On the other hand, if a friend or family member suggests that you stay in the marriage and you opt to leave it he or she may think your choice ill-conceived and judge you (even silently) for years.
There are those rare people who can truly retain an objective ear and support you in whatever you choose. However, they are an unusual breed. So you should take care in determining who you tell about the affair.
In the end, there is only one person who has control over what you choose and that’s you.
You have to make this choice. You will have to wake up every morning and look at yourself in the mirror for the rest of your life. You are the one who has to live with the consequences of what you choose. And, ultimately, you are the only one who knows whether or not the “price” you pay for your marriage is worth it.
So to ask the question that constitutes the title of this article once more: Is your marriage really over?
That’s up to you.
Given that, how can you make a meaningful choice to stay in the marriage or leave it?
The answer to this question is complicated, but let’s explore a few ideas for you to begin considering.
How to Decide Whether to Stay or Go
There are a huge number of factors that go into deciding whether or not to leave your marriage or stay in it. I can’t cover them all here. However, I can explore a few ideas that may help you in your consideration.
These are some questions to think about as you consider the fate of your marriage after an affair:
o How serious is your spouse about doing the work necessary to repair the damage he or she caused? This is a critically important question, because the amount of effort and dedication your cheating spouse puts toward repairing the marriage will go a long way in helping you decide what to do. Factors to consider are:
o Has your spouse fully and completely ended the affair?
o Has he or she given you a heartfelt apology?
o Is your spouse actively engaged in looking for ways to repair the marriage like reading my book, How to Survive an Affair, or going to a therapist or counselor?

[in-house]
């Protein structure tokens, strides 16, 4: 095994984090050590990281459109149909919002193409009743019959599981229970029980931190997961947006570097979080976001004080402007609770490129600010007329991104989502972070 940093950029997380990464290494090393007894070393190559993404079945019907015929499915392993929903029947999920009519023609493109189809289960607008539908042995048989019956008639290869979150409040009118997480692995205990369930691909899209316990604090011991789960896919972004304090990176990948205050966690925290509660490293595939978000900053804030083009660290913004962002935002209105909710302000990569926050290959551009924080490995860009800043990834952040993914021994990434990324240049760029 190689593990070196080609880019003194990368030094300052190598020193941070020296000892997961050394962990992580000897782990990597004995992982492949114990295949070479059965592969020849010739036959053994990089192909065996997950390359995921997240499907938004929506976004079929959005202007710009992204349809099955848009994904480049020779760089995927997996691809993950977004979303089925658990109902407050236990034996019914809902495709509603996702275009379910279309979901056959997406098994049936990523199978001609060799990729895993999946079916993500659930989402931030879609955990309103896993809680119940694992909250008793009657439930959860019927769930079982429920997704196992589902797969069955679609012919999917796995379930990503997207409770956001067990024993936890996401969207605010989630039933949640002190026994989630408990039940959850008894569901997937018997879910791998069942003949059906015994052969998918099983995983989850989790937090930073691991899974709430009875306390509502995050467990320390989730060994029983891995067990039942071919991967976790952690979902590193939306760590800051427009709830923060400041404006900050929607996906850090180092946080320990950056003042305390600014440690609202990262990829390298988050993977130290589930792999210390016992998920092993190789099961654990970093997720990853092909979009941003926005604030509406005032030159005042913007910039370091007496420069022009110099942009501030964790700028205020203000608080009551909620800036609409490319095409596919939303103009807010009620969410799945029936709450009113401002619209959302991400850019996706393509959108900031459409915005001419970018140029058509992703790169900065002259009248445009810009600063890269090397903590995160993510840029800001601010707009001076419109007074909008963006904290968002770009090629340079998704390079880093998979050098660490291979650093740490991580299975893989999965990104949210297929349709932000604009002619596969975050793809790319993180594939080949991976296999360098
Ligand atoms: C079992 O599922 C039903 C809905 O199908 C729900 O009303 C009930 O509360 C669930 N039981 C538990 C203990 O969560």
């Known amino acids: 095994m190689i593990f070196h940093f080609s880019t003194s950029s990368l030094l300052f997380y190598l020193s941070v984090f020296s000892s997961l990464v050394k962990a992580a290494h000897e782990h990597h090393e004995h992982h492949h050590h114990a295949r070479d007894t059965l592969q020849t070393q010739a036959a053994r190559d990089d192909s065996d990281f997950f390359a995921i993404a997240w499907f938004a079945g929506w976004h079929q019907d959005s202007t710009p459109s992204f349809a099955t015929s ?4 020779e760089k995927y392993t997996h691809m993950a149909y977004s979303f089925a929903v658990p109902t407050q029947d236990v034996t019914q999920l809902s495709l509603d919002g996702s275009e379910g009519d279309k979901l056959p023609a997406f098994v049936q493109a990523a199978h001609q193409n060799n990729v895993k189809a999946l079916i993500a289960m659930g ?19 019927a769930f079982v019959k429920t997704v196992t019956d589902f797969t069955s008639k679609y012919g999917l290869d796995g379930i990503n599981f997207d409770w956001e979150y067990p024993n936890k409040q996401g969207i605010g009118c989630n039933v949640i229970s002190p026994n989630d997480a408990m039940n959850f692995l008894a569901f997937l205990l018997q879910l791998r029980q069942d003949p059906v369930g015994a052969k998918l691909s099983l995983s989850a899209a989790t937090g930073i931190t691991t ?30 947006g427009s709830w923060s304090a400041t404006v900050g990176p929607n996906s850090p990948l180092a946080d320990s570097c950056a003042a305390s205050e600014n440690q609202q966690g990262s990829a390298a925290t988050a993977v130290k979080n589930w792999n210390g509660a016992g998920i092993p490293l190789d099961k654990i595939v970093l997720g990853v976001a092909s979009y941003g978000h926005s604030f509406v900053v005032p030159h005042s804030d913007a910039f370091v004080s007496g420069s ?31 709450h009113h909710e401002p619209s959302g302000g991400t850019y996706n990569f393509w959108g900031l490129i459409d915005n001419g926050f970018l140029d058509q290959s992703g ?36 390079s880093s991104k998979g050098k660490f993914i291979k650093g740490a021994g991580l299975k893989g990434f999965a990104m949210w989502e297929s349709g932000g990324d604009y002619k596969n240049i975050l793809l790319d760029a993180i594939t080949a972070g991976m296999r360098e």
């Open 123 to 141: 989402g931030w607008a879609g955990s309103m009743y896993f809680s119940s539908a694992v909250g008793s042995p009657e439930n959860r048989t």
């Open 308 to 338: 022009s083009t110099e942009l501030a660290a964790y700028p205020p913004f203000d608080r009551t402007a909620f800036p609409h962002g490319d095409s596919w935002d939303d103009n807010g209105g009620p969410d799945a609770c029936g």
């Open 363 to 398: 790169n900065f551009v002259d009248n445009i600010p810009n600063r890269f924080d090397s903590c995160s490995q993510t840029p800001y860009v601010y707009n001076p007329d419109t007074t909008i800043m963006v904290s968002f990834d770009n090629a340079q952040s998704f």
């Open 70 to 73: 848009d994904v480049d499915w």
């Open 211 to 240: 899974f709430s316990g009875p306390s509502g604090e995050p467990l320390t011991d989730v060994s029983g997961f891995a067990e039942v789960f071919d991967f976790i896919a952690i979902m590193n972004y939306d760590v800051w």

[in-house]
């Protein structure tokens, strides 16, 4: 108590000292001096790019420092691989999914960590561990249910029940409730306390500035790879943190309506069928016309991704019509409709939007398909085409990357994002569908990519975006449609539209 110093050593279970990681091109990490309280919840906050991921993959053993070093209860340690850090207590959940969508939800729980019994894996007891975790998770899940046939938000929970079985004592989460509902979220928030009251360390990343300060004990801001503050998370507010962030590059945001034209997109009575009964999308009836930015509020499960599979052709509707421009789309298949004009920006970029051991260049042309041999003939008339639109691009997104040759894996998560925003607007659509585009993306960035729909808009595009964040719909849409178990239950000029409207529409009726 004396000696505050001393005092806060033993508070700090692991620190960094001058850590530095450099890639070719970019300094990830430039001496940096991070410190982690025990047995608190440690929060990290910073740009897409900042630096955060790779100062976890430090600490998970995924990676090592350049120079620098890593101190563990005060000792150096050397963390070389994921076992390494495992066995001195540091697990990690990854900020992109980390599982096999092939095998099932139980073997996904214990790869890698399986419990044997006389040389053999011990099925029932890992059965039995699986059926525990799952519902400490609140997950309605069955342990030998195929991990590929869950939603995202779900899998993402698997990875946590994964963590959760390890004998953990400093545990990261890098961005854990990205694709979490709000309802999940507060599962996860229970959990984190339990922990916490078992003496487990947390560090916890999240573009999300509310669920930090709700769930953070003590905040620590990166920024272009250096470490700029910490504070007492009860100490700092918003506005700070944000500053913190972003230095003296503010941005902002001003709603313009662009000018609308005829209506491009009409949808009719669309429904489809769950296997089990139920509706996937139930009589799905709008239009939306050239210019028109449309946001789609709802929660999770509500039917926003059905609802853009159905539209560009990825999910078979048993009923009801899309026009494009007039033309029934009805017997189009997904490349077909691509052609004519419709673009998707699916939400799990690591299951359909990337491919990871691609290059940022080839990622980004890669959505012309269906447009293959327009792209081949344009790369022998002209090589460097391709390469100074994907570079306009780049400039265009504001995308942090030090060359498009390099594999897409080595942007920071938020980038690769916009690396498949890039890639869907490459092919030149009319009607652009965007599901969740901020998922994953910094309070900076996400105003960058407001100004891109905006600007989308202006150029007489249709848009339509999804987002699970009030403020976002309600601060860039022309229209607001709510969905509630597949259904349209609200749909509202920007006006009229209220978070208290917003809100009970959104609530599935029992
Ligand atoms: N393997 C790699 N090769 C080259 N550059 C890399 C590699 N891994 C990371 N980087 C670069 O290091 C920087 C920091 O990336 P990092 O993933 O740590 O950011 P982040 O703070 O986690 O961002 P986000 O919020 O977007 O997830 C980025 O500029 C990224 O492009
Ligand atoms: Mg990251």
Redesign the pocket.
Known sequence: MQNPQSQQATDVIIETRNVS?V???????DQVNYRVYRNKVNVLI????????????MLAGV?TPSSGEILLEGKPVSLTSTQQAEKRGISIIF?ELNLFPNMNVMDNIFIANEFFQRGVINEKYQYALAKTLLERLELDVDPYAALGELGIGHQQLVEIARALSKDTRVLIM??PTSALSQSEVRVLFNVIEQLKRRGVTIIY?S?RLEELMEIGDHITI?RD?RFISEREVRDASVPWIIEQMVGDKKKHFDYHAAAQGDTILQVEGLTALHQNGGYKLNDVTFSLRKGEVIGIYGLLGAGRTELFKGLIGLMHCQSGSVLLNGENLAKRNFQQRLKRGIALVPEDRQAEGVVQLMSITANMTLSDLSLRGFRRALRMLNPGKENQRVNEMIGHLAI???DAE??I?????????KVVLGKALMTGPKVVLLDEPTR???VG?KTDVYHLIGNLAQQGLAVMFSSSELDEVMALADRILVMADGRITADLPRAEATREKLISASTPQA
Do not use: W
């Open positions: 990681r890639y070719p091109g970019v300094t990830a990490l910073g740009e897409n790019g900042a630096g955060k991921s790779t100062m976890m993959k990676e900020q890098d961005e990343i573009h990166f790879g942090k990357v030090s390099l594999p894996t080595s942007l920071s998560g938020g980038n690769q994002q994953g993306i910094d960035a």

o Is your spouse ready to leave the marriage himself or herself?
o Do you feel as though your spouse is working on being fully transparent?
o Have you discussed the affair and the problems in your marriage? If so, is your spouse willing to talk with you about the details and anything else you wish to know?
o If you could make your marriage better than it was (and this is possible with work) would you want to stay in your relationship?
o Is the emotional price you would have to pay to do the work necessary to repair your relationship worth it to you?
o If you could each take a magic pill and the two of you would fall deeply in love all over again, would you take it?
o What kind of changes would you like to see in your spouse, and is your spouse motivated to make those changes?
Answers to these questions should help you think through some (certainly not all) of the important issues you need to consider when deciding whether or not to stay in your marriage.
Whatever the outcome, one thing is certain; you are the only person who can make this choice. Your marriage doesn’t have to be over. There is no law that says relationships always end after an affair.
In fact, I have seen many cases where marriages became stronger than ever after infidelity.
This possibility exists for you right now.
If you choose to stay in your marriage, I recommend you take advantage of it.
In the meantime, let me know how it goes with you. I’d love to hear about your marriage.
Have you worried that your marriage is over? How does that make you feel?
Have you told anyone about the affair? What was the outcome so far? Up to this point, has it worked out well or poorly?
What kind of changes would you like to see in your spouse and in your marriage to stay in the relationship?
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As always, I wish you all the best on your road to a wonderful marriage.
P.S. I’m not going to lie and tell you that saving your marriage is easy. It’s not. BUT it is possible if you follow the right steps. Do everything you can to save your marriage, it is the most important relationship you have. If you have not gone through How to Survive an Affair, then I strongly advise you to work through each of the 3 phases. http://www.howtosurvivetheaffair.com/h/1722